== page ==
Over the years, we’ve come to understand that all film adaptations of video game franchises are absolute garbage. From Super Mario Bros. and Street Fighter to Max Payne and even this year’s critical flop,Warcraft, video game films have continued to be unmitigated disasters. In this respect, who would’ve thought that there would actually be one out there that’s not that bad. Justin Kurzel’s newest film, Assassin’s Creed, should be considered a benchmark for what these adaptations strive to attain going forward.
Before we get too far, it must be said that Assassin’s Creed isn’t perfect. Though, it does hit on many of the things fans should want out of their video game movies. It’s entertaining, the effects are solid, and, most importantly, it stays true to the source material. It doesn’t feel like a mere cash-in on the name. It feels moreso like its own entity rather than just another installment of the long running series.
Like many adaptations, the plot doesn’t follow any of the previous plots from the video games. However, unlike many adaptations, it doesn’t stray from the typical Assassin’s Creed narrative. New protagonist, Callum “Cal” Lynch (Michael Fassbender), is set to be executed but instead is transferred to Abstergo Industries. Abstergo is led by the father-daughter combination of Alan and Sofia Rikkin (Jeremy Irons and Marion Cotillard respectively). They use Cal’s DNA to gain access to the genetic memories of one of his ancestors from the Assassin’s Brotherhood during the Spanish Inquisition named Aguilar. Abstergo, a modern day incarnation of the Templar Order, wants to follow Aguilar using a piece of technology called the Animus to find the mythical Apple of Eden.
If you’re new to the world of Assassin’s Creed, that may sound like a mouthful. Unfortunately, it is. In the early parts of the film, there’s a lot of explaining from mainly Marion Cotillard’s character. Much of it will probably not make sense to first time viewers. If you’ve followed the series, it will still be confusing but at least you know where things are headed. The short version is that Abstergo uses the Animus to relive Aguilar’s memories through Cal. In the games, you spend most of your playtime in the Animus. In this case, the two hour film tends to substitute naked exposition for actual experience. This is possibly the biggest shortcoming of the film.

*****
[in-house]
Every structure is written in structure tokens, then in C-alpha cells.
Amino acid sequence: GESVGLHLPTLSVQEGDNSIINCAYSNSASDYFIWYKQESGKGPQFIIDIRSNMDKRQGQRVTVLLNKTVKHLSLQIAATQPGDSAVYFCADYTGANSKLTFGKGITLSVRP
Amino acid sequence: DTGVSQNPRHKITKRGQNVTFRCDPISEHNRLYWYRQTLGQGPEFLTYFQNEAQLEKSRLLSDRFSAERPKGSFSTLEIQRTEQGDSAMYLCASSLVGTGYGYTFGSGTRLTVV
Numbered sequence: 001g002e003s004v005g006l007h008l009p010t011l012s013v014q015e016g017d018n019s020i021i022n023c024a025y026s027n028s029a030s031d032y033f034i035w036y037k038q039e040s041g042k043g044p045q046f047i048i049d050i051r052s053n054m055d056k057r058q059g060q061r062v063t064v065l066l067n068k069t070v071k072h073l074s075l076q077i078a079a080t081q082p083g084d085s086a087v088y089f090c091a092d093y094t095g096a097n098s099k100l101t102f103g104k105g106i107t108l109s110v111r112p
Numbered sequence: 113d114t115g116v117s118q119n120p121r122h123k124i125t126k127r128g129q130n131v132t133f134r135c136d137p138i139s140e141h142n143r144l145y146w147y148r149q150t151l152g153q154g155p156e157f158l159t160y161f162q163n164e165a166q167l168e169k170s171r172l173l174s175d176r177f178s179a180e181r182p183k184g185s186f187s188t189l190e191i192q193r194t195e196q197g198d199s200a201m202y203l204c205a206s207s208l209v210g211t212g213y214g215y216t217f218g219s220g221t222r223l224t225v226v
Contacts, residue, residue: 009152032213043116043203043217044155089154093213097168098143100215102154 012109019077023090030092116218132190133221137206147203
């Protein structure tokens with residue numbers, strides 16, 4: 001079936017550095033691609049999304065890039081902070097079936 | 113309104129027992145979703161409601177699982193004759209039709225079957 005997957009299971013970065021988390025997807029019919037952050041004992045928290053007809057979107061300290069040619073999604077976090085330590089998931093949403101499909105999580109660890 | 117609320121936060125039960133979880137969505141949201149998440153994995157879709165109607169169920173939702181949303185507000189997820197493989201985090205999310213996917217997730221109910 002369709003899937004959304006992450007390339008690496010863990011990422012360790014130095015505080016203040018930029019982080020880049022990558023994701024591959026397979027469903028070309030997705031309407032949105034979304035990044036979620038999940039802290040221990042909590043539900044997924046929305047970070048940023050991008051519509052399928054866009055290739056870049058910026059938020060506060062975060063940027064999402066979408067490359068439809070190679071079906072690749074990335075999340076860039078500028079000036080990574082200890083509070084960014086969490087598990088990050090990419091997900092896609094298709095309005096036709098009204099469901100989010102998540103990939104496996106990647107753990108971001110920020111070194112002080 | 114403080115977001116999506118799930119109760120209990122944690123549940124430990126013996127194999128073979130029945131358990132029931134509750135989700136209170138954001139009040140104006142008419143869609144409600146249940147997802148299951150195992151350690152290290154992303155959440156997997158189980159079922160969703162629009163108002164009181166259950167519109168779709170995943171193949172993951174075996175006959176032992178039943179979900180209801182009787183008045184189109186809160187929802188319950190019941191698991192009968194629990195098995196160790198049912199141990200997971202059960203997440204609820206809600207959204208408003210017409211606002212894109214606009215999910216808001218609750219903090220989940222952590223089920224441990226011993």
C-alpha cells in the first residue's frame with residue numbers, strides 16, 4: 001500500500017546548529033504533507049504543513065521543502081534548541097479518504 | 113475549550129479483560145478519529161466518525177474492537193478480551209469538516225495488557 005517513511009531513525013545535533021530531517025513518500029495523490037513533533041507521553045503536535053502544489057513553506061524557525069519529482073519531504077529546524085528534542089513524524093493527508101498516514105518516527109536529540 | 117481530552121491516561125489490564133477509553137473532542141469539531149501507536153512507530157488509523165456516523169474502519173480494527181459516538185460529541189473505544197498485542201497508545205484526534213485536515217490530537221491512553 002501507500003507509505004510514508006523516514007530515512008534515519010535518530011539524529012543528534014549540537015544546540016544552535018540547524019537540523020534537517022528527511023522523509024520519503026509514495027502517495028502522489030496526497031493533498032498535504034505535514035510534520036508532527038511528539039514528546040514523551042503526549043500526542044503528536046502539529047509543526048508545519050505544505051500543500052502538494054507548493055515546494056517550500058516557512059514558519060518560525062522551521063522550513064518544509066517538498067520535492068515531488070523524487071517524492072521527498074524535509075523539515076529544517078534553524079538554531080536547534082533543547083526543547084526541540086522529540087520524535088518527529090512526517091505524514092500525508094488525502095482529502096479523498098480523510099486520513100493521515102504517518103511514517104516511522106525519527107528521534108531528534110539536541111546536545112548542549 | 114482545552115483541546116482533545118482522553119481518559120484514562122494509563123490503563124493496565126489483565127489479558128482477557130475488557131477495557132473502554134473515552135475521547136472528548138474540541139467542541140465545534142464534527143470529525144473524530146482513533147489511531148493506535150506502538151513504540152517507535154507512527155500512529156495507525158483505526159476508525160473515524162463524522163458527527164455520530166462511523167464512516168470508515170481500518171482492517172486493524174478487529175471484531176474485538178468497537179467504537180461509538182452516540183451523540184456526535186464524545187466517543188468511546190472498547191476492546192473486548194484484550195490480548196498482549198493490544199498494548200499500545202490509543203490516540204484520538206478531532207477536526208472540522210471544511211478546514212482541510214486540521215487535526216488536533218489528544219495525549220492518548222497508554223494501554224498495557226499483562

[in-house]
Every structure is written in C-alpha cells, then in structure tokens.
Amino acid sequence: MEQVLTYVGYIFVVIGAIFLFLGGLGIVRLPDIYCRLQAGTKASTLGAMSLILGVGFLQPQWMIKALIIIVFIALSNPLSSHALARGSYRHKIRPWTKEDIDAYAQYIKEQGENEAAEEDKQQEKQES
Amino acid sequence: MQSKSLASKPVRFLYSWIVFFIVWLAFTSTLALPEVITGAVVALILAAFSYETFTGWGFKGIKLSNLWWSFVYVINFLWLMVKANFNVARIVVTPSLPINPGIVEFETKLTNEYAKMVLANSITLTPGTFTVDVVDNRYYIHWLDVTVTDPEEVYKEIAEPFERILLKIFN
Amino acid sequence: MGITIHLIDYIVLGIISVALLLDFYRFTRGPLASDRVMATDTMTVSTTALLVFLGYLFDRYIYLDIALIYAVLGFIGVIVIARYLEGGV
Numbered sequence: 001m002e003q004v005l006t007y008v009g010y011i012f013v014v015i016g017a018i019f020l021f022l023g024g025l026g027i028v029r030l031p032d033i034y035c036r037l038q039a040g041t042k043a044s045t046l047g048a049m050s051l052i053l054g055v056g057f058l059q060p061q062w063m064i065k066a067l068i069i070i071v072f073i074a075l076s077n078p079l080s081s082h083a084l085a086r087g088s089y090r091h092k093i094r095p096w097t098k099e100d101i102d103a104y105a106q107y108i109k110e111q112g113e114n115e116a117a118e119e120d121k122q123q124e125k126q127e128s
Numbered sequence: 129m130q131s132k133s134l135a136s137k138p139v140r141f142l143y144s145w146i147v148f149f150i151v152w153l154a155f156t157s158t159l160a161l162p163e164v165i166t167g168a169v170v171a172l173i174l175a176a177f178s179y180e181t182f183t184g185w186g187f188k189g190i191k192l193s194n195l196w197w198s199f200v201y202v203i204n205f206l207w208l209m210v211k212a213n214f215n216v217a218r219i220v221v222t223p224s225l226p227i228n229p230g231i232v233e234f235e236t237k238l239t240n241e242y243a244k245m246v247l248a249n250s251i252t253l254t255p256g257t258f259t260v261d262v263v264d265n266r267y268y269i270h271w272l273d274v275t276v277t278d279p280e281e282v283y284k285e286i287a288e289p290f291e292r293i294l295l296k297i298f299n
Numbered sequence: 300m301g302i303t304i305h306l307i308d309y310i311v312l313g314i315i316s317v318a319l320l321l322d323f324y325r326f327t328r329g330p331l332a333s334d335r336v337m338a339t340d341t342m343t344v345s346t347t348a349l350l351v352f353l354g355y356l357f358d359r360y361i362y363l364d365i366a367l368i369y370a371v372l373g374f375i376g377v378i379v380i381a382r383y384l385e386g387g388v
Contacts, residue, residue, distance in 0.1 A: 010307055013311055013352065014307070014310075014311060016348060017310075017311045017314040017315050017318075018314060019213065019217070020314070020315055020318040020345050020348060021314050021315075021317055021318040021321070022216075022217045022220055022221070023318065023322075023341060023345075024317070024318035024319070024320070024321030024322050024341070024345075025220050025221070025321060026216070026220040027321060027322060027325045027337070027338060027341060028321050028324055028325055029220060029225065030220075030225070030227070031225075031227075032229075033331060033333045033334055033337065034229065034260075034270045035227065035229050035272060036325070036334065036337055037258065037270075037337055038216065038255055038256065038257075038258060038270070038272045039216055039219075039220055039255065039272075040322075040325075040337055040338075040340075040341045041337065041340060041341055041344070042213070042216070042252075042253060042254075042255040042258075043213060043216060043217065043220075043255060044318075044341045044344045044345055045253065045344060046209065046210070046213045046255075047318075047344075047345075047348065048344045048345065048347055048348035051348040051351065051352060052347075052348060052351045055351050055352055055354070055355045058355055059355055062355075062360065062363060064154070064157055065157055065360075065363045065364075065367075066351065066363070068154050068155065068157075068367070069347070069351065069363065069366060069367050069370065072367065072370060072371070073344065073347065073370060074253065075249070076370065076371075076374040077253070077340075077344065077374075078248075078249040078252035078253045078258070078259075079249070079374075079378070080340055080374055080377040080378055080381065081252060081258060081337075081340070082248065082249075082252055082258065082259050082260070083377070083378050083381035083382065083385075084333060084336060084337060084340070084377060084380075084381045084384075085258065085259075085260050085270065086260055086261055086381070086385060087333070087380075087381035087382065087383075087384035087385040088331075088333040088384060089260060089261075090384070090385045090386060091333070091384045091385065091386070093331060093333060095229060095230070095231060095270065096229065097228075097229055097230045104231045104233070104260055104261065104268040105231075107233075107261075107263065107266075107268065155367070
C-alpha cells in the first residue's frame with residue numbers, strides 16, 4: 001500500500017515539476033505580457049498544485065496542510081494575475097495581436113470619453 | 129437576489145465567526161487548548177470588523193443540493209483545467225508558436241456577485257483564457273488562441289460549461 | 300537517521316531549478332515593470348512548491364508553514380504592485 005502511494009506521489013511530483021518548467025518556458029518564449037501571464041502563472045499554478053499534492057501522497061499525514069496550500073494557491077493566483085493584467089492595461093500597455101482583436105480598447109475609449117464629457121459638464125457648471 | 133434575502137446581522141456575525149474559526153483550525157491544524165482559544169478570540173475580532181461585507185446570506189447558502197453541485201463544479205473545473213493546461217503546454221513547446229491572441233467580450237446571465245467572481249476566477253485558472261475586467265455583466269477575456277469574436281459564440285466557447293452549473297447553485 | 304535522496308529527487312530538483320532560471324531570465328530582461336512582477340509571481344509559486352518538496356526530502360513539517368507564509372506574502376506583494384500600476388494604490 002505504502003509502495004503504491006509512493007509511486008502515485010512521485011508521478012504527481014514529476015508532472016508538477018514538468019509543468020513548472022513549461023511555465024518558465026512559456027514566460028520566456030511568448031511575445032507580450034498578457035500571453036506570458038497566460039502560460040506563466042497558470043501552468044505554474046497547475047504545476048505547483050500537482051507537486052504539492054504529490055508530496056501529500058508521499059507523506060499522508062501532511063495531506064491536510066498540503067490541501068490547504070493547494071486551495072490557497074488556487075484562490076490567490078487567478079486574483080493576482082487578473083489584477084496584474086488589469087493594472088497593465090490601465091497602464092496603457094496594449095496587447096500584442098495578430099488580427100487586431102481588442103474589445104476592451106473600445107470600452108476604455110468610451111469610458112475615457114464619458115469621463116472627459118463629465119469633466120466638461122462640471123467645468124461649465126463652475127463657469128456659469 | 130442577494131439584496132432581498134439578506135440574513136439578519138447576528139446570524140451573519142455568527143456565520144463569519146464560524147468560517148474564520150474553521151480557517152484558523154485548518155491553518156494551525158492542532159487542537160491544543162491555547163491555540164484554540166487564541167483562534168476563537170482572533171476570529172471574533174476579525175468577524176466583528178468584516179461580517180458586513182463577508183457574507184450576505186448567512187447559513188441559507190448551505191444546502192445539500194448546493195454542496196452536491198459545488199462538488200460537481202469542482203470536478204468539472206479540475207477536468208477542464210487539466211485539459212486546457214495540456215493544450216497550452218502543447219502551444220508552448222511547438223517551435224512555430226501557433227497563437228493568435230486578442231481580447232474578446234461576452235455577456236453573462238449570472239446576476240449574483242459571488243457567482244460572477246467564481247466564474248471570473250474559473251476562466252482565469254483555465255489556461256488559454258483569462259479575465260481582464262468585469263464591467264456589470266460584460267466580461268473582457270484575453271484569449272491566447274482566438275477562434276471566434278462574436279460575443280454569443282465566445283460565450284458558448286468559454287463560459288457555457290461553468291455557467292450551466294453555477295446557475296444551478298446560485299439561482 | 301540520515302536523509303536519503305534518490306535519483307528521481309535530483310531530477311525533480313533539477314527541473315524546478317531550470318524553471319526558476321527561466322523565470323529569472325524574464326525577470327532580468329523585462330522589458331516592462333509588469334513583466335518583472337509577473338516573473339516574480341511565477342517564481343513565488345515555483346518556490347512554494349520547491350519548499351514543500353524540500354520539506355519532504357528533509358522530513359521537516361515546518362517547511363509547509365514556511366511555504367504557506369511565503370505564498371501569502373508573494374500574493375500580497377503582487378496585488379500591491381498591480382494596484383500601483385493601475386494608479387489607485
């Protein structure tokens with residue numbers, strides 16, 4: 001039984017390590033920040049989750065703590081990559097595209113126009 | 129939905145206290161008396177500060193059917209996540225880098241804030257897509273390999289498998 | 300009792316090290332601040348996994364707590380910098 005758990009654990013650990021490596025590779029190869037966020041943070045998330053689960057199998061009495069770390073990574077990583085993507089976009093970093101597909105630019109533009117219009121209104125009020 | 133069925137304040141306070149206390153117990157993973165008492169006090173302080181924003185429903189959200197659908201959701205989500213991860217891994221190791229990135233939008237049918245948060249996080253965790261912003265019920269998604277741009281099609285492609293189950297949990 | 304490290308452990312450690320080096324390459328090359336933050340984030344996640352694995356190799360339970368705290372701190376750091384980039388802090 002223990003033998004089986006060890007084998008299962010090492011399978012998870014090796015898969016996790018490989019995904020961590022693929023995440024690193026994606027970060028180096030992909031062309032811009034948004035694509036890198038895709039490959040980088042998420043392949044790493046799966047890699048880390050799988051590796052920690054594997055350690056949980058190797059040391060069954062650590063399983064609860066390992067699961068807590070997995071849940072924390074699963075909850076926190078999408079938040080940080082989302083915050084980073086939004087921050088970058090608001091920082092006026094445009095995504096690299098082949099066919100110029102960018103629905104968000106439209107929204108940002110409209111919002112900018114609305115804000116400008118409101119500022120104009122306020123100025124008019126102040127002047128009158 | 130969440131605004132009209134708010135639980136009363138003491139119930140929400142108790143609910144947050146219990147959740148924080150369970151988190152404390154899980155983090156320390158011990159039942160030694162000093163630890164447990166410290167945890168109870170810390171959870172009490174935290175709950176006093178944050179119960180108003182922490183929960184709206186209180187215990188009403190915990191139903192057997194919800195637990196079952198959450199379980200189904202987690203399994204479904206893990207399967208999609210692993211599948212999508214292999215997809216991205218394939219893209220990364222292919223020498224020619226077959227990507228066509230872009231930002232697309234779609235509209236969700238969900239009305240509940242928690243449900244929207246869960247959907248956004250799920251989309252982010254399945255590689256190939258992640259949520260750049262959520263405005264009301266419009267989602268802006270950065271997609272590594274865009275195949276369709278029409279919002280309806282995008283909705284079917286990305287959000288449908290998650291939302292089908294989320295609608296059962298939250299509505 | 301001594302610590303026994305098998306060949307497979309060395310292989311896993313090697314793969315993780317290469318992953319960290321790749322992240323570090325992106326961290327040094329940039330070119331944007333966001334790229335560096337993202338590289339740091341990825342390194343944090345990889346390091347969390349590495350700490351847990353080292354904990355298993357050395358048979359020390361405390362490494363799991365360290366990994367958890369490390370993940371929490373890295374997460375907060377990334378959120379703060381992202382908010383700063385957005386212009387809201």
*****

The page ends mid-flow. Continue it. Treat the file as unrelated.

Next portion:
Another issue with the film is in its action sequences. While it’s easy to tell that there was some serious time and effort put into them, the in-your-face camera and shaky cam are simply unappealing. There’s a lot of good choreography in the scenes and viewers just aren’t able to take it all in due to the camera itself. There are also constant cuts that jostle and confuse since there doesn’t appear to be a flow to them. It’s extremely unfortunate that the filming and editing are so frenetic because, had these scenes had some time to breathe, they’d be quite impressive. Justin Kurzel has proven himself to be a competent director with his previous film, Macbeth. Scenes were given time to develop and the actors had time to showcase themselves. It’s interesting that the same approach was not taken in this film.
Speaking of Kurzel’s previous work, this is not the first time he has worked with Fassbender and Cotillard. Both starred in the aforementioned Macbeth and were fantastic. While their performances in Assassin’s Creed aren’t quite as good, they still get the job done. Specifically, Michael Fassbender carries this film for the most part. Having supporting actors like Cotillard, Jeremy Irons, and Brendan Gleeson is an added bonus. Make no mistake, though, this is Michael Fassbender’s film. In fact, this may have been the easiest paycheck Irons and Gleeson have ever made as they mostly just stand around during their scenes. Either way, it’s nice to see that the studio put together a distinguished cast for a video game movie.
The best parts of the film are definitely the sequences set during the Spanish Inquisition with Aguilar. This is where the film excels on behalf of its source material. The fighting, the chase sequences, and the special “assassin moves” are pulled straight from the video games. While the modern day scenes get a bit tiresome with exposition, the Inquisition scenes bring the video game to life. In all honesty, that should be the most important thing about these adaptations. Gamers want to see these stories and characters come to life. They don’t want to see cash-ins on name recognition or stories that stray from the source. They want to see faithful adaptations and this film certainly delivers, albeit at times, in that aspect.
As previously stated, Assassin’s Creed is not a perfect film but there’s enough to like. It’s nice to finally see a video game adaptation deliver on some of the best things about a game. Usually, only characters or a loose concept are recreated while crafting an entirely new experience that doesn’t satisfy (i.e. Resident Evil). Assassin’s Creed feels like its own story but is also a faithful attempt to bring the universe to life. While there’s a lot of nonsensical lingo tossed around early in the film, the action makes up for it. It’s not the best film by the director or any of the cast, but it’s a good launching point for the series. As long as filmmakers are willing to take the material seriously, Assassin’s Creed, and any possible sequels, could finally buck the trend of lackluster video game films.